“This move is largely symbolic,” said David Jones, chief economist at DMJ Advisors. He estimates Operation Twist will lower long-term rates by only about one-tenth of a percentage point.

“It will do very little to boost growth, but the Fed clearly wants to be seen to be doing something,” Ian Shepherdson, chief U.S. economist at High Frequency Economics, wrote in a note to clients shortly after the decision was announced.

It is the first time since January that the Fed has intensified its efforts to revive economic growth, and the first time since September that the Fed has announced a new round of asset purchases. This is the fifth such announcement since 2008. In total, the Fed has purchased well more than $3 trillion in securities.

At his news conference, Bernanke said the Fed would consider more aggressive action, such as another bond-buying program. The Fed has completed two such programs. It bought more than $2 trillion in Treasurys and mortgage-backed securities, expanding its portfolio above $2.8 trillion.

Critics have complained about the Fed’s efforts to boost growth over the past three years by purchasing more than $2 trillion in bonds. They say the extra money added to the banking system could ignite inflation once the economy rebounds.

In its statement, the Fed noted that oil and gas prices have fallen. Lower prices give the Fed room to take further action without igniting inflation.

The Fed’s statement was approved on an 11-1 vote. Jeffery Lacker, president of the Richmond Regional Fed Bank, dissented for the fourth straight meeting. The statement said he opposed the continuation of Operation Twist.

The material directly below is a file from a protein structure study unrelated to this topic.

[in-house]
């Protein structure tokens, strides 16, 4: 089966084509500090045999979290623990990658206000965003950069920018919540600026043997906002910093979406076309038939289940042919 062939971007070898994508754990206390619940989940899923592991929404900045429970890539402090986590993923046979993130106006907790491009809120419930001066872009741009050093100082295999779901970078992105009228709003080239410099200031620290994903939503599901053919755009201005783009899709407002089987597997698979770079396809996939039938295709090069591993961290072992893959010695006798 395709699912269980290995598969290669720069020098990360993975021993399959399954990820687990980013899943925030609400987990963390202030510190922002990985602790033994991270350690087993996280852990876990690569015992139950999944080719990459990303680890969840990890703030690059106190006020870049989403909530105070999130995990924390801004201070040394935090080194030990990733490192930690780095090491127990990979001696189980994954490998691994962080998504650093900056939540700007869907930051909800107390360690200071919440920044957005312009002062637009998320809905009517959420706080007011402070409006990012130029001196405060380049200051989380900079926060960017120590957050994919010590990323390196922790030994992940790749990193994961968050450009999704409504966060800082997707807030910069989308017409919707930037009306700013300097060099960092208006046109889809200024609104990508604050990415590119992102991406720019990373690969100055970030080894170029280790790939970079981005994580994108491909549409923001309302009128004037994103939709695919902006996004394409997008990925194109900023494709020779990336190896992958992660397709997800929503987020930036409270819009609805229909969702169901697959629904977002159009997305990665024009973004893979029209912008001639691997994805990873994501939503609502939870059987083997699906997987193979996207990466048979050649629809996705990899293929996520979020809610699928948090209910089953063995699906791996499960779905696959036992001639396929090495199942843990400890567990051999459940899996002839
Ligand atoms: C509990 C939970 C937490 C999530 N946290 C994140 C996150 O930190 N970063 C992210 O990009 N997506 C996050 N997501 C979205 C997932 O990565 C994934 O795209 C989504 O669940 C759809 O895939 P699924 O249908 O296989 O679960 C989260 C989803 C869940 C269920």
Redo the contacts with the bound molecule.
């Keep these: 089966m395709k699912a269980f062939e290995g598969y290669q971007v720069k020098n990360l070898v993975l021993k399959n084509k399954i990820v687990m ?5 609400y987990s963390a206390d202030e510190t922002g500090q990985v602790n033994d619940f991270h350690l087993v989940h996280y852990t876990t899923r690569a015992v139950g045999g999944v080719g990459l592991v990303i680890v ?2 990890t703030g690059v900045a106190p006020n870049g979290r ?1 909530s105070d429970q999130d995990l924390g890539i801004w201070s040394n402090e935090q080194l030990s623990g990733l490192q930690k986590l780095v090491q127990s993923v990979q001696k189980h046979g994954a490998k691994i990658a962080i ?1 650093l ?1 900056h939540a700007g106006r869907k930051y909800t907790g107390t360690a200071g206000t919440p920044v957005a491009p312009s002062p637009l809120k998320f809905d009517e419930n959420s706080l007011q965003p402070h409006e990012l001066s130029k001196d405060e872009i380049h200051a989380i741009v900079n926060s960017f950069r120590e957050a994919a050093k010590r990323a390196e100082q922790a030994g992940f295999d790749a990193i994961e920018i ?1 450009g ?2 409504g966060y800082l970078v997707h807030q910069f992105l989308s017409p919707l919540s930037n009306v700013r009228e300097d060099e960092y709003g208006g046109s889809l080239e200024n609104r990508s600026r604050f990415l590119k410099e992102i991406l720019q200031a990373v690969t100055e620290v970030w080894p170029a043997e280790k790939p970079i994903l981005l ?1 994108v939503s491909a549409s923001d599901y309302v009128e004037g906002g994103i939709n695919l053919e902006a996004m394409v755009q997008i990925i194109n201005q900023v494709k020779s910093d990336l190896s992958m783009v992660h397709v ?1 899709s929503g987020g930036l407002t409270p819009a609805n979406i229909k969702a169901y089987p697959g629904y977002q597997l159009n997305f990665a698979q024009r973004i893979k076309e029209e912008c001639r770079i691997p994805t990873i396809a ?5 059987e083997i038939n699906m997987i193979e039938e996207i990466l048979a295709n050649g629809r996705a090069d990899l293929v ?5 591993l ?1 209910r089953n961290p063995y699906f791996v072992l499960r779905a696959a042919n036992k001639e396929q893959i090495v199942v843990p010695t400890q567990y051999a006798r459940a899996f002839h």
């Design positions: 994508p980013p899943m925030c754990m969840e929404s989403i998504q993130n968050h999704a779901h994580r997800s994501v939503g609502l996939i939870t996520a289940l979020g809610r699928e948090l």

Josh Feinman, global chief economist at DB Advisors, said the extension of Operation Twist allows the Fed to do something without expanding its portfolio of securities. Launching a new bond-buying program would have likely incited criticism that the Fed was escalating the long-term risks to the economy.

In part, that’s because the Fed would eventually find it harder to shrink its portfolio without driving interest rates back up and possibly threatening the economy.

“The downside risks have increased enough that they felt they needed to do something,” Feinman said. “Extending Operation Twist was the path of least resistance.”

The U.S. economy looks weaker than it did when the Fed last met in April. Growth was more sluggish in the first three months of the year than first estimated.

Job growth averaged only 73,000 in April and May, after average gains of 226,000 a month in the first three months of the year.

The number of people seeking unemployment benefits has risen about 5 percent in the past six weeks. And employers posted sharply fewer job openings in April compared with the previous month.

Economists also worry the debt crisis in Europe is worsening, even after Greek election results increased the likelihood that Greece will stay in the euro currency alliance.

This week’s Fed meeting was the first time that the Fed board has been at full strength in six years. Jeremy Stein, a Harvard economics professor, and Jerome Powell, a former private equity executive, attended their first policy meeting since being confirmed by the Senate last month.